Cathrine Wilhelmsen continues a series on Azure Data Factory. First, we get to see how to copy data from on-prem SQL Servers:
In the previous post, we looked at the three different types of integration runtimes. In this post, we will first create a self-hosted integration runtime. Then, we will create a new linked service and dataset using the self-hosted integration runtime. Finally, we will look at some common techniques and design patterns for copying data from and into an on-premises SQL Server.
And when I say “on-premises”, I really mean “in a private network”. It can either be a SQL Server on-premises on a physical server, or “on-premises” in a virtual machine.
Two posts ago, we looked at the three types of integration runtimes and created an Azure integration runtime. In the previous post, we created a self-hosted integration runtime for copying SQL Server data. In this post, we will complete the integration runtime part of the series. We will look at what SSIS Lift and Shift is, how to create an Azure-SSIS integration runtime, and how you can start executing SSIS packages in Azure Data Factory.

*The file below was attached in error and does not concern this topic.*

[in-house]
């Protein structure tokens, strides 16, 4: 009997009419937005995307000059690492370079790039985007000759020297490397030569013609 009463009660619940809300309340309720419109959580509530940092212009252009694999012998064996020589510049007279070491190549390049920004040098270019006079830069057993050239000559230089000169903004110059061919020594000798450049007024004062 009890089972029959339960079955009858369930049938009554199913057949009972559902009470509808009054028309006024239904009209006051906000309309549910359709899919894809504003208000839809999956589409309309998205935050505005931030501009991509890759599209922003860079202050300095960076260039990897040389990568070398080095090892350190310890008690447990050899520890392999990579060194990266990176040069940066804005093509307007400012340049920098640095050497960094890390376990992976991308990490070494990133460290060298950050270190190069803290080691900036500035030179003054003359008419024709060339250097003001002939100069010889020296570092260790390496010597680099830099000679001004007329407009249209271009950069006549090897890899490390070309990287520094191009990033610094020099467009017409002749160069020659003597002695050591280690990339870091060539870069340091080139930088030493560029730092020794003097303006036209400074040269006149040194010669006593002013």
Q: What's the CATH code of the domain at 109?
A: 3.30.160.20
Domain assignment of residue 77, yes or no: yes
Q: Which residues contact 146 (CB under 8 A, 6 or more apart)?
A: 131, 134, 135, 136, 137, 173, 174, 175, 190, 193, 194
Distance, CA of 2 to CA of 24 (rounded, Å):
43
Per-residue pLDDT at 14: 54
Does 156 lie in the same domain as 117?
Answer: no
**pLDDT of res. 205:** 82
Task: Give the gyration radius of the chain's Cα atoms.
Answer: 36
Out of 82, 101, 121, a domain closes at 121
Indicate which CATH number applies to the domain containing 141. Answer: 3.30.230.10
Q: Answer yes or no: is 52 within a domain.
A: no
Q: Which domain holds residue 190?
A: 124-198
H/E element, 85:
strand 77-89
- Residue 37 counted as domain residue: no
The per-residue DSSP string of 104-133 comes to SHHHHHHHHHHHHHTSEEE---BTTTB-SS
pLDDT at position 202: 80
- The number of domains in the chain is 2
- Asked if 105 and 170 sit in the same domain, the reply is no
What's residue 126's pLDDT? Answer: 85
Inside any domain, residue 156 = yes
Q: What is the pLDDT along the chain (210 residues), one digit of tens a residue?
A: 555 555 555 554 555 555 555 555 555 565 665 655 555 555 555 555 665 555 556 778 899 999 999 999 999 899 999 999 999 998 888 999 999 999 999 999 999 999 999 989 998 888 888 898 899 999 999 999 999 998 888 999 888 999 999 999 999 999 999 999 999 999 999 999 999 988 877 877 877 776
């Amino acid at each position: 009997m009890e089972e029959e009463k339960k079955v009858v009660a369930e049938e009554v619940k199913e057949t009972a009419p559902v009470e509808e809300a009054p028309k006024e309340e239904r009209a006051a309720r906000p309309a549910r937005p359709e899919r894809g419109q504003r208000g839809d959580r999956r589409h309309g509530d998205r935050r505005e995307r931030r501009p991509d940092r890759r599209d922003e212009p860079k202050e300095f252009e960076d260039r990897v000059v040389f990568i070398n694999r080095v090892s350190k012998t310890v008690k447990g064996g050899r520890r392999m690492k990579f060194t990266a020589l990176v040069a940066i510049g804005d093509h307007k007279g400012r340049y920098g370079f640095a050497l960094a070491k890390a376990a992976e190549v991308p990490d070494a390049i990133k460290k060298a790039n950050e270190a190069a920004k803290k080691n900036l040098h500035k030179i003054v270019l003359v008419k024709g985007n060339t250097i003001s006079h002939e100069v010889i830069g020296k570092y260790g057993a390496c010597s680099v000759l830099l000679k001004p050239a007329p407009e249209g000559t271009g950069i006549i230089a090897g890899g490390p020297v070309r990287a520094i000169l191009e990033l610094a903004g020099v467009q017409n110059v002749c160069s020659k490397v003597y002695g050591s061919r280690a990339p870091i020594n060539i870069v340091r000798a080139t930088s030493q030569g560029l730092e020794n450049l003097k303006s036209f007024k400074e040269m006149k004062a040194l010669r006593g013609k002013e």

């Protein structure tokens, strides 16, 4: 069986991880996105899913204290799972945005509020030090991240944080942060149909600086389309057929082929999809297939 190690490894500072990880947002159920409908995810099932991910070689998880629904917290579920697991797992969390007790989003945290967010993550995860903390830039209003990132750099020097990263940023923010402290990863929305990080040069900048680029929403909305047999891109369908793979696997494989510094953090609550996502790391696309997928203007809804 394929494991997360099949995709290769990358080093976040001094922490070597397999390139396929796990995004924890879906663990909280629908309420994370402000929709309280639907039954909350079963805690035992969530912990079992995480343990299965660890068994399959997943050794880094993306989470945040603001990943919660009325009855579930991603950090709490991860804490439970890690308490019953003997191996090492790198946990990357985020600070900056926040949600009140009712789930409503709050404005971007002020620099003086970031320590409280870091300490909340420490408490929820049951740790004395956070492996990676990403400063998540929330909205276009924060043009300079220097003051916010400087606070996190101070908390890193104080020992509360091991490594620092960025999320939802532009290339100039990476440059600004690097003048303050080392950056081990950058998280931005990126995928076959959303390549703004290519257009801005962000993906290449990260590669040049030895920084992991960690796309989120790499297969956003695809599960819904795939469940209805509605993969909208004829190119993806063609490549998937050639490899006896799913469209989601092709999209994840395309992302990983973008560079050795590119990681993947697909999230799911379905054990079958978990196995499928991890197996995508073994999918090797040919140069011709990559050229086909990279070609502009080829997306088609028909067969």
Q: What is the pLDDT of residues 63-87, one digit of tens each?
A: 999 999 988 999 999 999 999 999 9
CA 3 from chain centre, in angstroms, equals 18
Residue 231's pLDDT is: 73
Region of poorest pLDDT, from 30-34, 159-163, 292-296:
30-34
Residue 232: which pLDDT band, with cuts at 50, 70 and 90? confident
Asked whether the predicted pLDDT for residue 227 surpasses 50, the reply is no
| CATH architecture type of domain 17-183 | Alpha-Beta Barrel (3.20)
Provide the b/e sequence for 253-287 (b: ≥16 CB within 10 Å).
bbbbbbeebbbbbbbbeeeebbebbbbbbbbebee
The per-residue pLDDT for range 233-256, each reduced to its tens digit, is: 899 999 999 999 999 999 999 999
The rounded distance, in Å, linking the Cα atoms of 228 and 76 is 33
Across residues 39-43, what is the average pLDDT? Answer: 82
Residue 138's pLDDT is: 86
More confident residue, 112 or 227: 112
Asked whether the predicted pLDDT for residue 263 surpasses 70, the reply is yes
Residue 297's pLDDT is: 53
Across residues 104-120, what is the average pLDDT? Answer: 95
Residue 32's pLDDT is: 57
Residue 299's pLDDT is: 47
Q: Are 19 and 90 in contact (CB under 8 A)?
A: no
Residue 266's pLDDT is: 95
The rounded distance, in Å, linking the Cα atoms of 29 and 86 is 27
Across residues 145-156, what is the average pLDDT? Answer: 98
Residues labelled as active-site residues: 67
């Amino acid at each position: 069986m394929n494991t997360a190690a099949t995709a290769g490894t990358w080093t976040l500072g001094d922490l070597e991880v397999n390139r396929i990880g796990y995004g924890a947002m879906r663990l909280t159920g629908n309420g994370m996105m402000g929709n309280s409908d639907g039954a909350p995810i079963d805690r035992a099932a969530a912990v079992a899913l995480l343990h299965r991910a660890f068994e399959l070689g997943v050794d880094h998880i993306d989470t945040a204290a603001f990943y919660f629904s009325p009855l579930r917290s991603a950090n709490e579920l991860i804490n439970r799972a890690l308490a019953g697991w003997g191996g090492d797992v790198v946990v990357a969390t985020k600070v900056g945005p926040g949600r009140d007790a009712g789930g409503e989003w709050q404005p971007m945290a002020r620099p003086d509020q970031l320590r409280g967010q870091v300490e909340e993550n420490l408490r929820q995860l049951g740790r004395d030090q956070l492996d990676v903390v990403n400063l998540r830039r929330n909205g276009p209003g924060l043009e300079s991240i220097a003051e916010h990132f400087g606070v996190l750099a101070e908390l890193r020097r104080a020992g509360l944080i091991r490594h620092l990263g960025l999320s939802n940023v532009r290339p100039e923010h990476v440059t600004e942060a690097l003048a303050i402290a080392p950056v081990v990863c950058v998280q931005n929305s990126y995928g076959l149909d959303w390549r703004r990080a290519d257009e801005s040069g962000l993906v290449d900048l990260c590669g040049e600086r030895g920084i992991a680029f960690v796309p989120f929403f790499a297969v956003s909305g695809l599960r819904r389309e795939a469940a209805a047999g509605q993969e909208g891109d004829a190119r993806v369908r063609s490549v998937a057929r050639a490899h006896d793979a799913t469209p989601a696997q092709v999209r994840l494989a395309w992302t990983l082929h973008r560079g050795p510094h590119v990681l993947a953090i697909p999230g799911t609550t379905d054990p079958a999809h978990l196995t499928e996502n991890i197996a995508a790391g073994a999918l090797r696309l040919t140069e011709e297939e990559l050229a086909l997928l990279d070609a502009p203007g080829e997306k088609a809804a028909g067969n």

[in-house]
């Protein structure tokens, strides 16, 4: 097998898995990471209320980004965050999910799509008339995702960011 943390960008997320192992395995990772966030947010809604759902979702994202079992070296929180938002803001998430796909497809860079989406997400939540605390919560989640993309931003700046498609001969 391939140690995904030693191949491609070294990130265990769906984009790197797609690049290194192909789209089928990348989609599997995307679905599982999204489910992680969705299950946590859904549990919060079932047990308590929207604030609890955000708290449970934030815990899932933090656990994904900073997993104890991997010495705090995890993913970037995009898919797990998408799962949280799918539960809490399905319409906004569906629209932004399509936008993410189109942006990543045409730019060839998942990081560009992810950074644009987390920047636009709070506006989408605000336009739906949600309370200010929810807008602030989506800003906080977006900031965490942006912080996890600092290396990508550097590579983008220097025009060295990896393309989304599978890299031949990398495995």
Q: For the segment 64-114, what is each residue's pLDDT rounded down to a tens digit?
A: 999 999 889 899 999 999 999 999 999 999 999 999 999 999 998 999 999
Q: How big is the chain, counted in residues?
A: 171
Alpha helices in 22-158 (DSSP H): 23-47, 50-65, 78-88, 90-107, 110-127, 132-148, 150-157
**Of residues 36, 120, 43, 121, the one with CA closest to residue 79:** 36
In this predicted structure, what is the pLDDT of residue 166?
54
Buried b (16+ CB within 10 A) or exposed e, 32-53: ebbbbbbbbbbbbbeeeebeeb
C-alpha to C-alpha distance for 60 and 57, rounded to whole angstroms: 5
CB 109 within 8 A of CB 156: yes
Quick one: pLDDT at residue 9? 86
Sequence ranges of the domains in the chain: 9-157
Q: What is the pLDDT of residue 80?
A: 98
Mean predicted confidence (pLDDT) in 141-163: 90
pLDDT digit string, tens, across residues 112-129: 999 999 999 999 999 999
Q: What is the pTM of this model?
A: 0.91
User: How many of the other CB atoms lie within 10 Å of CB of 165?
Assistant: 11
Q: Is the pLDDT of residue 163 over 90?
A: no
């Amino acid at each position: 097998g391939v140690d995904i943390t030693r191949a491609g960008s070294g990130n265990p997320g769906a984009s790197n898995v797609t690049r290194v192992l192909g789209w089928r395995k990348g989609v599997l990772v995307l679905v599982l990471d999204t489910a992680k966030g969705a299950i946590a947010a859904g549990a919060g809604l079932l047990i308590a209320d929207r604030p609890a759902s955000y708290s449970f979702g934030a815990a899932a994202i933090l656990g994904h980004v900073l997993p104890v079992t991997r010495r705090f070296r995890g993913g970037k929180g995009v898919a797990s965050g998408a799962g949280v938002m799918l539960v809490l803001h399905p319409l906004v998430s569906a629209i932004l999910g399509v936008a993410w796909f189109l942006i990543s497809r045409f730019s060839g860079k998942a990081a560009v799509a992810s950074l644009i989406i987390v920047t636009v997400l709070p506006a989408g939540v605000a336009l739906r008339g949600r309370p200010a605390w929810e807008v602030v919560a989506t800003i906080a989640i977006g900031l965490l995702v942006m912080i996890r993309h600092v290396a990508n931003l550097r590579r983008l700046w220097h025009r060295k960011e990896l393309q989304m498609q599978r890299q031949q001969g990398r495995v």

I’m going to guess that the next post will be all about the third integration runtime.